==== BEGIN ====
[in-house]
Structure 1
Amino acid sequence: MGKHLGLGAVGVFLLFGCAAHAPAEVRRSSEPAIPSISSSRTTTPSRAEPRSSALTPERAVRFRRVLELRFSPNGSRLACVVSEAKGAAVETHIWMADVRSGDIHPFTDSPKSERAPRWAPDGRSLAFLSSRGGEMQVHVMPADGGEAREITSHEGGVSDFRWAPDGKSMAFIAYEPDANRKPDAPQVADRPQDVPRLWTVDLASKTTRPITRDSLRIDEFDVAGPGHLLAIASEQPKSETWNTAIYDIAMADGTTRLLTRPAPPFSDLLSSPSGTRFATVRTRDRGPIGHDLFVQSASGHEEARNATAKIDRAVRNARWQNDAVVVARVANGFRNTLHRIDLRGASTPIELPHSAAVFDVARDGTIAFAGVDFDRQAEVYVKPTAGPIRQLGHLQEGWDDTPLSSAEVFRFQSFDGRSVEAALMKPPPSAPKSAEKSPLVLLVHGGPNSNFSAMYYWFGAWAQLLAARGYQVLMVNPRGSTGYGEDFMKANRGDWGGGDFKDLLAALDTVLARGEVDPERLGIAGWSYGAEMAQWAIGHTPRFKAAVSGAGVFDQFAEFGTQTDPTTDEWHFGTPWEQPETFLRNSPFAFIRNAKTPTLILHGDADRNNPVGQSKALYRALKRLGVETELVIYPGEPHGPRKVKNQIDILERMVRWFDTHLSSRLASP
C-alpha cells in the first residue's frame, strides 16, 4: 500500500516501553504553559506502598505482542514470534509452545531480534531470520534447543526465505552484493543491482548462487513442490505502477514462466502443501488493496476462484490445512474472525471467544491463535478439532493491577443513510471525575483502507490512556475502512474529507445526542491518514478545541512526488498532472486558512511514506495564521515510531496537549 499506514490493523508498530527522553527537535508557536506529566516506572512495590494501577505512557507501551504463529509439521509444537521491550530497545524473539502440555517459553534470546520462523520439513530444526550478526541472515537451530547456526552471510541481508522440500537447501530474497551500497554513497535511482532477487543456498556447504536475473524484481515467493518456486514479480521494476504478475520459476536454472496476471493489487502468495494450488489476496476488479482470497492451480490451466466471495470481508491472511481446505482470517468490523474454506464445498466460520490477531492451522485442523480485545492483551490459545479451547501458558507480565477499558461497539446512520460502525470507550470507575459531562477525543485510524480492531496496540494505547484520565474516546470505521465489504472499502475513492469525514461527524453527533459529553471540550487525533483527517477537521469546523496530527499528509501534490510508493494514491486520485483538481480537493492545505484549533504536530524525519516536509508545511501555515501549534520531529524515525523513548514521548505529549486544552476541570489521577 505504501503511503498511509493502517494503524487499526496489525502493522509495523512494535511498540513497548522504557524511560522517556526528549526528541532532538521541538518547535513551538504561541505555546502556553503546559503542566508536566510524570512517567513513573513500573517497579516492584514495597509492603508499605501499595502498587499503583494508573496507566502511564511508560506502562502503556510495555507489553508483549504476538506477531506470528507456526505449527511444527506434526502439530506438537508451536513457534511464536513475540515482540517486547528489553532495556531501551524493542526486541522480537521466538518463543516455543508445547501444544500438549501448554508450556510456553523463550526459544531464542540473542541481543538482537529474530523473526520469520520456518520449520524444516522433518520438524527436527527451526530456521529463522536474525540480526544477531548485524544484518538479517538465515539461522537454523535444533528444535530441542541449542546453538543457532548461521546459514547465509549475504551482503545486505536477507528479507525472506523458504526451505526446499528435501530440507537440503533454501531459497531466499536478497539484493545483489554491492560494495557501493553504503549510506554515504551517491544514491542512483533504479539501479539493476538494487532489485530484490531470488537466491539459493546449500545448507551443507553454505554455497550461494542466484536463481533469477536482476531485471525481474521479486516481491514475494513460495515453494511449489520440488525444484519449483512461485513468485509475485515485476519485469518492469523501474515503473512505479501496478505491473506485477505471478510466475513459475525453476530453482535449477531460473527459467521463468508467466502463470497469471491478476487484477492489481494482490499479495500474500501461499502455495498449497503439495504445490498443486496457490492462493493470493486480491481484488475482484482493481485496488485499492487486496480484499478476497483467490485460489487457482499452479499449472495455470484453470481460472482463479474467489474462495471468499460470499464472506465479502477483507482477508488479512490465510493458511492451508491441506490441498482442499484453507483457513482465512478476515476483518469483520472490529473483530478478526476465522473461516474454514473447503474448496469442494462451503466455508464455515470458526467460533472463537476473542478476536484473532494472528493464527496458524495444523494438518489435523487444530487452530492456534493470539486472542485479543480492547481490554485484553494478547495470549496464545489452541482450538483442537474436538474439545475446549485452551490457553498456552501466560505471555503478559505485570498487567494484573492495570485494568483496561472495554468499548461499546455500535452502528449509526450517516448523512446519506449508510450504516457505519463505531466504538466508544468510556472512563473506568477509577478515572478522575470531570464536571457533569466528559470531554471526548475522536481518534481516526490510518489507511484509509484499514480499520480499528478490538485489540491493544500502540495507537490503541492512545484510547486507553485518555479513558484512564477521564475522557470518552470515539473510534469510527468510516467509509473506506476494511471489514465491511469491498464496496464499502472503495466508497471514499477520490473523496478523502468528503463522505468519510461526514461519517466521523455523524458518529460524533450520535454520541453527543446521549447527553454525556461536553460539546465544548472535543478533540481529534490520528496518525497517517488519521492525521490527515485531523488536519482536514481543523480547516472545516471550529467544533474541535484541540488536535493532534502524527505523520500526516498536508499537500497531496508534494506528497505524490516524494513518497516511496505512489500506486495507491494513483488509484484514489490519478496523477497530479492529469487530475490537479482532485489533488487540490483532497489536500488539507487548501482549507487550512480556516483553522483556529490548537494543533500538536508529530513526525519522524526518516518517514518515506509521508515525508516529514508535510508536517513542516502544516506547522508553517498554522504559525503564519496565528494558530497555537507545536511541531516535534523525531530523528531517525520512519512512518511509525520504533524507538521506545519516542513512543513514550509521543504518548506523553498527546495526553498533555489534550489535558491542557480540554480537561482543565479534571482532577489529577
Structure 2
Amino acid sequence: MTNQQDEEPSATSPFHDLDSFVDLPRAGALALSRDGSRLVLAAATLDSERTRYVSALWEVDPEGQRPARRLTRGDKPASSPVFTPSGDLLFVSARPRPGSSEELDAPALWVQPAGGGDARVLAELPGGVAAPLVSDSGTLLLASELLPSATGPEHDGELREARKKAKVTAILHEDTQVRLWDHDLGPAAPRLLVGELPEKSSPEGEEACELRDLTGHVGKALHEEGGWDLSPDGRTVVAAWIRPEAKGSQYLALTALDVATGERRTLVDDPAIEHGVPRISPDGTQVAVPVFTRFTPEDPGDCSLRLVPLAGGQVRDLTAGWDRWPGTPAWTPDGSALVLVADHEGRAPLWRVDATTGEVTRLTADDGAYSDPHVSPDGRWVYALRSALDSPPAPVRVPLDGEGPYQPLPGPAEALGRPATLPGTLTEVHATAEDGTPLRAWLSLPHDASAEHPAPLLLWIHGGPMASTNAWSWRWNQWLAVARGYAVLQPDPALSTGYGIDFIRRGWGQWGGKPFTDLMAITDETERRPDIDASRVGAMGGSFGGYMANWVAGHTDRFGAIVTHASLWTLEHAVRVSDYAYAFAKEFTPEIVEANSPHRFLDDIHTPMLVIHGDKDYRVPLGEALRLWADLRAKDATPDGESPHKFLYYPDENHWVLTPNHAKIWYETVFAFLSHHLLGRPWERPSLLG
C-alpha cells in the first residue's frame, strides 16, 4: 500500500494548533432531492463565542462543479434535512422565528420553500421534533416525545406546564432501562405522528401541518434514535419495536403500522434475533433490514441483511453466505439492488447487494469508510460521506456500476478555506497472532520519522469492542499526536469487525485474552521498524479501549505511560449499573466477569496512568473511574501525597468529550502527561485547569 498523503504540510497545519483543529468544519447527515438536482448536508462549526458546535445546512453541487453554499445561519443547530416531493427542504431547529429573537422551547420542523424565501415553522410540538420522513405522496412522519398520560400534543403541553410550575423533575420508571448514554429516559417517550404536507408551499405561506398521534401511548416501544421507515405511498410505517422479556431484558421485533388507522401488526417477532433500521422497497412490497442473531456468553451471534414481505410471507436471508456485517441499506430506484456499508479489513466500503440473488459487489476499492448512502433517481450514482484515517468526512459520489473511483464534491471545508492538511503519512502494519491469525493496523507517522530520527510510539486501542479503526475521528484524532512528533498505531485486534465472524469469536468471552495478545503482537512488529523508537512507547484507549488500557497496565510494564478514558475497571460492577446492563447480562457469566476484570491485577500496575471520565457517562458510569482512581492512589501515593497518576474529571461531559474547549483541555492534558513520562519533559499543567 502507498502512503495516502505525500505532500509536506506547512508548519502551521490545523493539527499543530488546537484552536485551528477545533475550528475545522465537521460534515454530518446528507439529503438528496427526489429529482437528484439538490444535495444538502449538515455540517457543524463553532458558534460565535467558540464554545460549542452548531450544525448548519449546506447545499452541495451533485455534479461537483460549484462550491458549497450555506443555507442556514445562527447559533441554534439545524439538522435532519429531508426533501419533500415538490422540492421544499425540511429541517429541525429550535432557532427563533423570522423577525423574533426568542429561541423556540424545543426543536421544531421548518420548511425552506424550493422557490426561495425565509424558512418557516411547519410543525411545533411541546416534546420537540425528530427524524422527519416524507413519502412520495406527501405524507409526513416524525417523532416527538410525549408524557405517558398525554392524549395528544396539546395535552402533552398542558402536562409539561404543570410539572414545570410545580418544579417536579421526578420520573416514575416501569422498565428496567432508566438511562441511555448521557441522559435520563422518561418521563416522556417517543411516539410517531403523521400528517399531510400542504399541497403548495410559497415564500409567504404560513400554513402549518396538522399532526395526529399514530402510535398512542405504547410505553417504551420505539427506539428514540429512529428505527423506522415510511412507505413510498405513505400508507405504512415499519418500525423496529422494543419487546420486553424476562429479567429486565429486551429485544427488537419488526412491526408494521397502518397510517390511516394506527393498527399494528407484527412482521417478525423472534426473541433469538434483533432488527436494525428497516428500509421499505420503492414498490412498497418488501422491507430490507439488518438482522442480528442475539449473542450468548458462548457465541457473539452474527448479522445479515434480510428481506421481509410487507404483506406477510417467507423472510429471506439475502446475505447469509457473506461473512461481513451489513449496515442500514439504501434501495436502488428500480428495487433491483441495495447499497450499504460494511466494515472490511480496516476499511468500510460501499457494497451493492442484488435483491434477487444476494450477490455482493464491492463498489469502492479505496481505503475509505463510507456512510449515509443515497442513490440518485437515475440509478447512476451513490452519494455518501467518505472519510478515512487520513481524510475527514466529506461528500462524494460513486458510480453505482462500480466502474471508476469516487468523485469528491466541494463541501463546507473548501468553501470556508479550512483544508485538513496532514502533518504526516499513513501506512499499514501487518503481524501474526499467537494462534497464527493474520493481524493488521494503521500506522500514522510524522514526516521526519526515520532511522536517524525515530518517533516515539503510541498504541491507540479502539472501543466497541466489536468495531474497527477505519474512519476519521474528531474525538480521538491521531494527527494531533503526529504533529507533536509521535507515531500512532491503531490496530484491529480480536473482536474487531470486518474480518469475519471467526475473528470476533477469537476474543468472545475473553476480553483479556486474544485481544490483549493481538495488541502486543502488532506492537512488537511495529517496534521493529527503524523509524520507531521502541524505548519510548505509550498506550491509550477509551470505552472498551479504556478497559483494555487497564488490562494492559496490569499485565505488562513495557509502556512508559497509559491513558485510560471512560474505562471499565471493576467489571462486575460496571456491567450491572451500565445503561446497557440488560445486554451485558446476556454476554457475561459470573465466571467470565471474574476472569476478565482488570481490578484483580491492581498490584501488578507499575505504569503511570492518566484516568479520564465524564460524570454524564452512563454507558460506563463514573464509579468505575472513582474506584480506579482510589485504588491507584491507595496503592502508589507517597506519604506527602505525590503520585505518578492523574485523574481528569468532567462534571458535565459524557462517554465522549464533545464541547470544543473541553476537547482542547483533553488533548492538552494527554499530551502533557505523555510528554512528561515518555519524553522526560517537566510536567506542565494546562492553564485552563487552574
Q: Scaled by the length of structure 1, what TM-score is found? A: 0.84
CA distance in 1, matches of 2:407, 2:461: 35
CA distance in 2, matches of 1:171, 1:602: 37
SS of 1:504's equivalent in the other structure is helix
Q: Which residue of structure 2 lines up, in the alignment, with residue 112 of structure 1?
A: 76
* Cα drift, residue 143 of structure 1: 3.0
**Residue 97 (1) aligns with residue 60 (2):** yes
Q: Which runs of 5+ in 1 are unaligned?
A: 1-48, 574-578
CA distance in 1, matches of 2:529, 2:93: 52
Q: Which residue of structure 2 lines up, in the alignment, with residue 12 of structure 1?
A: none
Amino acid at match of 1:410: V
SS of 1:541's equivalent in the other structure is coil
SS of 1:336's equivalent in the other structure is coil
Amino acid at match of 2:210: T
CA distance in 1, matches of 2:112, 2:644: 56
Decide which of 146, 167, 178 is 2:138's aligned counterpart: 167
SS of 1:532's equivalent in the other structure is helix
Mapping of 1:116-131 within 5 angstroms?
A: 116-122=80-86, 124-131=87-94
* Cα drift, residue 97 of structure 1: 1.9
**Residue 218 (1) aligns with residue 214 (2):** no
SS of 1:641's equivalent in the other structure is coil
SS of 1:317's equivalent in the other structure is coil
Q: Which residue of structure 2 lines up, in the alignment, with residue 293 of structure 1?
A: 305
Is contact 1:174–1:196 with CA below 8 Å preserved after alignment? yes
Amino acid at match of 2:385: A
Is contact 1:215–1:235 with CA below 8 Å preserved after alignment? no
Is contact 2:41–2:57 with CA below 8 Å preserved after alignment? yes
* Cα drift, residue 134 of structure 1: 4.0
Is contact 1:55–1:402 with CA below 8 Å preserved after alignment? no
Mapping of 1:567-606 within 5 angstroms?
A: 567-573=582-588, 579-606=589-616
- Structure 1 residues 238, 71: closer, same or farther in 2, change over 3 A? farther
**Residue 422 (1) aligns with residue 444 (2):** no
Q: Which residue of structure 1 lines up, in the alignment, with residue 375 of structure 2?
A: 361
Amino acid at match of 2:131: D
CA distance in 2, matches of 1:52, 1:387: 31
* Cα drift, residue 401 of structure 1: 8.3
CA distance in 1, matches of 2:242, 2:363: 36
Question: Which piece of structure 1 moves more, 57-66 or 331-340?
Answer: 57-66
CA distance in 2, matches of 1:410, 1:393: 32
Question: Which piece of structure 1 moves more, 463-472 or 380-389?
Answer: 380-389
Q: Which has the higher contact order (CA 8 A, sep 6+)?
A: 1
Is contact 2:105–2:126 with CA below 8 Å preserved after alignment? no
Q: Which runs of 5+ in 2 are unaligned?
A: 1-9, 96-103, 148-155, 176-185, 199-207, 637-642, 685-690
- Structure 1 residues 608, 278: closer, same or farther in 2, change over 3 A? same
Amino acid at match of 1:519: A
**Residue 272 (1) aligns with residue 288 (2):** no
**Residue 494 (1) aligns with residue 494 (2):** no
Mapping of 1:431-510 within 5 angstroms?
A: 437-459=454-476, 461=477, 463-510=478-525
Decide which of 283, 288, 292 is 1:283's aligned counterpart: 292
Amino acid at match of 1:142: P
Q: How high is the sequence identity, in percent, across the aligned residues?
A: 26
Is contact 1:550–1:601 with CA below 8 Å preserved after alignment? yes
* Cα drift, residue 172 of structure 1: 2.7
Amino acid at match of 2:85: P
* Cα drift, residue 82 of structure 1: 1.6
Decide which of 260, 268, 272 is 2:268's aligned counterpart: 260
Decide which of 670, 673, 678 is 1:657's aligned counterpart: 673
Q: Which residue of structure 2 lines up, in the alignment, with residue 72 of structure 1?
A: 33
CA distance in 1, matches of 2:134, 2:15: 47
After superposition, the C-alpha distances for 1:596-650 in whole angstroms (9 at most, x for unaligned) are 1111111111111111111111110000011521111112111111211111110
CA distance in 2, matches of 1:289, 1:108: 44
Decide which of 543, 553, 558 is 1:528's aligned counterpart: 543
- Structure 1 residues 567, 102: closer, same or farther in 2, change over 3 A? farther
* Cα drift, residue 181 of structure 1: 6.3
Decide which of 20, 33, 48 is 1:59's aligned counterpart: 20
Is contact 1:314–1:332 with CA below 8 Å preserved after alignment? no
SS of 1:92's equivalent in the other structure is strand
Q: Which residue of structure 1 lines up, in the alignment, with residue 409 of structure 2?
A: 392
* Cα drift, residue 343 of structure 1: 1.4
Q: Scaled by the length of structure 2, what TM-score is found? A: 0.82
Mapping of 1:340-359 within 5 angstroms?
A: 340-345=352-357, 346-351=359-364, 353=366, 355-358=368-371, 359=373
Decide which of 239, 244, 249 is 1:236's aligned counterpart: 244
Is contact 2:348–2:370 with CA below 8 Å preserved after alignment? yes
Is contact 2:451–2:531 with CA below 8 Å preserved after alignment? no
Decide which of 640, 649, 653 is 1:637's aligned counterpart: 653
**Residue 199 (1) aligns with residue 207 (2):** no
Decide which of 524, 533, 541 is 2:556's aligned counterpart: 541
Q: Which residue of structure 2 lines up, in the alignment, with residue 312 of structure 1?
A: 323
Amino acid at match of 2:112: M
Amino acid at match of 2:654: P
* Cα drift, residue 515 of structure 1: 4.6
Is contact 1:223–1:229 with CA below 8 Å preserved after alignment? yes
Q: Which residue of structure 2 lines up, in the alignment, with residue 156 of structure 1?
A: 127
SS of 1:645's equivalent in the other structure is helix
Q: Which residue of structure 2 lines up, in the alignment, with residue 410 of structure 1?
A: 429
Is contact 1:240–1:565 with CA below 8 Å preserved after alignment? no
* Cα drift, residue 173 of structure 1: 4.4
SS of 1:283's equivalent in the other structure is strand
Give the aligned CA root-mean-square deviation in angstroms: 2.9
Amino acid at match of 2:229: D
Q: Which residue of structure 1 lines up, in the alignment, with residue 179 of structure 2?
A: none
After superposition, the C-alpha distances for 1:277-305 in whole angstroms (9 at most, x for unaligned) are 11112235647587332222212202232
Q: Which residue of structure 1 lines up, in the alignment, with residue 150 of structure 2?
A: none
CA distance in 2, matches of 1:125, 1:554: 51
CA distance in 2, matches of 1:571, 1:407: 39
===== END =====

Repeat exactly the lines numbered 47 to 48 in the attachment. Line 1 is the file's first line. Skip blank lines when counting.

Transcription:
A: 361
Amino acid at match of 2:131: D